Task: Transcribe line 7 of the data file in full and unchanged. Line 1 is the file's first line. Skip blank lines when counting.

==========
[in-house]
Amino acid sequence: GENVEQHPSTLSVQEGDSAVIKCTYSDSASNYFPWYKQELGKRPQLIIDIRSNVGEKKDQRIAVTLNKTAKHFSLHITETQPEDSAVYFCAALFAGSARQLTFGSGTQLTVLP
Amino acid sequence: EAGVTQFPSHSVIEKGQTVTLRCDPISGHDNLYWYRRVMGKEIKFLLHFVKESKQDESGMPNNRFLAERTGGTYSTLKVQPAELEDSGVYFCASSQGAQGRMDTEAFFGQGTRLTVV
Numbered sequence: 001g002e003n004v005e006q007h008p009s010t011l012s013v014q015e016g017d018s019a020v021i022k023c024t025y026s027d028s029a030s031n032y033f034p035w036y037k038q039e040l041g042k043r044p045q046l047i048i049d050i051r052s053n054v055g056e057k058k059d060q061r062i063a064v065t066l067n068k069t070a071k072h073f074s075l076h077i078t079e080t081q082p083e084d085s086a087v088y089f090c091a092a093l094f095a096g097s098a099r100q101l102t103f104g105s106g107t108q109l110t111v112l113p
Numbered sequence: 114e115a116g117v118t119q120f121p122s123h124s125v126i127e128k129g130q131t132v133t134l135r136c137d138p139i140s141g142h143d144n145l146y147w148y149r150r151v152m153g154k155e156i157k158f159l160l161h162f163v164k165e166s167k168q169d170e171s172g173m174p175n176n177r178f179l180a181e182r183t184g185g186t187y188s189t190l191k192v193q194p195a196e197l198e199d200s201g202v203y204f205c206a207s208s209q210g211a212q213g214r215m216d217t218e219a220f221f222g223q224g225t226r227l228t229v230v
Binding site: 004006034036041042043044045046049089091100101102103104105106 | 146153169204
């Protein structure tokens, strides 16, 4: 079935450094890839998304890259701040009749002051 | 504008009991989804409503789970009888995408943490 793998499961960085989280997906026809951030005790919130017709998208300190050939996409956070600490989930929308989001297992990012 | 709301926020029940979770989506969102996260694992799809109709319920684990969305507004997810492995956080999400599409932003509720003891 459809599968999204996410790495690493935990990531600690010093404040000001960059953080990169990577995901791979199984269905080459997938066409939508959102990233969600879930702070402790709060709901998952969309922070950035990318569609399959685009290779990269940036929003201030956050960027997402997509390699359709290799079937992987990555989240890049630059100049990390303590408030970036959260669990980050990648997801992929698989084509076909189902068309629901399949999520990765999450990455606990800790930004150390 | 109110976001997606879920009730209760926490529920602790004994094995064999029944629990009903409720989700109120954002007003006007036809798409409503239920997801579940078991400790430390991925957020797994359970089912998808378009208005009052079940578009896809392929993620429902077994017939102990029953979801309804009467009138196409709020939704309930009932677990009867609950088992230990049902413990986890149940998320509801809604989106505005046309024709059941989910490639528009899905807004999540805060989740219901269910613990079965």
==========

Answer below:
């Protein structure tokens, strides 16, 4: 079935450094890839998304890259701040009749002051 | 504008009991989804409503789970009888995408943490 793998499961960085989280997906026809951030005790919130017709998208300190050939996409956070600490989930929308989001297992990012 | 709301926020029940979770989506969102996260694992799809109709319920684990969305507004997810492995956080999400599409932003509720003891 459809599968999204996410790495690493935990990531600690010093404040000001960059953080990169990577995901791979199984269905080459997938066409939508959102990233969600879930702070402790709060709901998952969309922070950035990318569609399959685009290779990269940036929003201030956050960027997402997509390699359709290799079937992987990555989240890049630059100049990390303590408030970036959260669990980050990648997801992929698989084509076909189902068309629901399949999520990765999450990455606990800790930004150390 | 109110976001997606879920009730209760926490529920602790004994094995064999029944629990009903409720989700109120954002007003006007036809798409409503239920997801579940078991400790430390991925957020797994359970089912998808378009208005009052079940578009896809392929993620429902077994017939102990029953979801309804009467009138196409709020939704309930009932677990009867609950088992230990049902413990986890149940998320509801809604989106505005046309024709059941989910490639528009899905807004999540805060989740219901269910613990079965």